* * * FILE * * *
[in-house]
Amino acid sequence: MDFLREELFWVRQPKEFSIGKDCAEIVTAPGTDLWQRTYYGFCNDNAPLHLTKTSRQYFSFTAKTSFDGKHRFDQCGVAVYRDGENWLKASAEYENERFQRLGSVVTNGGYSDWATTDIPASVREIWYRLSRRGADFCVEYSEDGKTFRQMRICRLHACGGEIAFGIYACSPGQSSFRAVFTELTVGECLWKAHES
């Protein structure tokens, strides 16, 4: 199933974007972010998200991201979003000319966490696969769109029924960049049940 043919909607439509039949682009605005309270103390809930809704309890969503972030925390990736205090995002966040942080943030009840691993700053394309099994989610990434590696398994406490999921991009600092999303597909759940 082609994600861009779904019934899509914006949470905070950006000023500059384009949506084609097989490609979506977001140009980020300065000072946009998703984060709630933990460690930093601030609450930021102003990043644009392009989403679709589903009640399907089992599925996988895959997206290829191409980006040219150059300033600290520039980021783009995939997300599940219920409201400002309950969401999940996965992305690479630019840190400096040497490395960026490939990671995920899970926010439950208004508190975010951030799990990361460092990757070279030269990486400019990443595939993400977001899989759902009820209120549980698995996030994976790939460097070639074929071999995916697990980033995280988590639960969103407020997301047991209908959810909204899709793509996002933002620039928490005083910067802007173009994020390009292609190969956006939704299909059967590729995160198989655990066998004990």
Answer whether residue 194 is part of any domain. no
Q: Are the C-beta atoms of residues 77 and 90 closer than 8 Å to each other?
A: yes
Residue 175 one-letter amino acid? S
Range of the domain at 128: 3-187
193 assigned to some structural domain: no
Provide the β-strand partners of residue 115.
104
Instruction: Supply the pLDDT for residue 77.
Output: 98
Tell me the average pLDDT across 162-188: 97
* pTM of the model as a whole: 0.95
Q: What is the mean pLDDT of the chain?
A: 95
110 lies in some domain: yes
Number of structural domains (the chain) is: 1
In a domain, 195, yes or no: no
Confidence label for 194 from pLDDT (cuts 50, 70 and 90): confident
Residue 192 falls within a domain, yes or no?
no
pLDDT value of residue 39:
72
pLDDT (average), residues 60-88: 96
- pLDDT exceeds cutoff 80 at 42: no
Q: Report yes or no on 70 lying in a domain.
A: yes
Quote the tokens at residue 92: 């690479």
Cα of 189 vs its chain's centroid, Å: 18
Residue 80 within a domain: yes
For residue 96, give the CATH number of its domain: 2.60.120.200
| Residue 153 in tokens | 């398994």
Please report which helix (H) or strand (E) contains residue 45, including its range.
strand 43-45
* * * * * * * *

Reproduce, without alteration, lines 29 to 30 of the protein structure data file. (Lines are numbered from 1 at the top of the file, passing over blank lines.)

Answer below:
A: yes
Quote the tokens at residue 92: 């690479």